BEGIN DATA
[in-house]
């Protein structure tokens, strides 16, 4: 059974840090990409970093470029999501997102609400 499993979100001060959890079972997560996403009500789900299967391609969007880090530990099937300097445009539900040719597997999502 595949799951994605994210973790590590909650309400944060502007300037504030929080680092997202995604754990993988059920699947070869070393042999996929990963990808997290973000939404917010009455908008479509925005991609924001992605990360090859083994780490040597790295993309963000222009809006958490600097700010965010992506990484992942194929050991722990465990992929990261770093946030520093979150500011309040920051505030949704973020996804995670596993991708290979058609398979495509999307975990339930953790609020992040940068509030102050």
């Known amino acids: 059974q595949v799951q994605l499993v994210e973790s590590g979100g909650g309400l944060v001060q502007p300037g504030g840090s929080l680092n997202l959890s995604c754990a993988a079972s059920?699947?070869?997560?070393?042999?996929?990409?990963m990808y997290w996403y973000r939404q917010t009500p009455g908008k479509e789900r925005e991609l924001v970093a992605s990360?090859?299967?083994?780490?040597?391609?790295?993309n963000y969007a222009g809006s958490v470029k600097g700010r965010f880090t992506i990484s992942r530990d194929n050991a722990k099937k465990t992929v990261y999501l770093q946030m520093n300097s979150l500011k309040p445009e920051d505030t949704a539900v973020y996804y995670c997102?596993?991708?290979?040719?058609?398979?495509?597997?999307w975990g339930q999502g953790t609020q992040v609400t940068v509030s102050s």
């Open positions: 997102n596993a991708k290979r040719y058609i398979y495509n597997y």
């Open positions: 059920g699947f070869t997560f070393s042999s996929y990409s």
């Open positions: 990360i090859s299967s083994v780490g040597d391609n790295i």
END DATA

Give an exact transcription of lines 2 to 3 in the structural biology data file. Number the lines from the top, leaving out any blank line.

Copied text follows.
């Protein structure tokens, strides 16, 4: 059974840090990409970093470029999501997102609400 499993979100001060959890079972997560996403009500789900299967391609969007880090530990099937300097445009539900040719597997999502 595949799951994605994210973790590590909650309400944060502007300037504030929080680092997202995604754990993988059920699947070869070393042999996929990963990808997290973000939404917010009455908008479509925005991609924001992605990360090859083994780490040597790295993309963000222009809006958490600097700010965010992506990484992942194929050991722990465990992929990261770093946030520093979150500011309040920051505030949704973020996804995670596993991708290979058609398979495509999307975990339930953790609020992040940068509030102050």
């Known amino acids: 059974q595949v799951q994605l499993v994210e973790s590590g979100g909650g309400l944060v001060q502007p300037g504030g840090s929080l680092n997202l959890s995604c754990a993988a079972s059920?699947?070869?997560?070393?042999?996929?990409?990963m990808y997290w996403y973000r939404q917010t009500p009455g908008k479509e789900r925005e991609l924001v970093a992605s990360?090859?299967?083994?780490?040597?391609?790295?993309n963000y969007a222009g809006s958490v470029k600097g700010r965010f880090t992506i990484s992942r530990d194929n050991a722990k099937k465990t992929v990261y999501l770093q946030m520093n300097s979150l500011k309040p445009e920051d505030t949704a539900v973020y996804y995670c997102?596993?991708?290979?040719?058609?398979?495509?597997?999307w975990g339930q999502g953790t609020q992040v609400t940068v509030s102050s």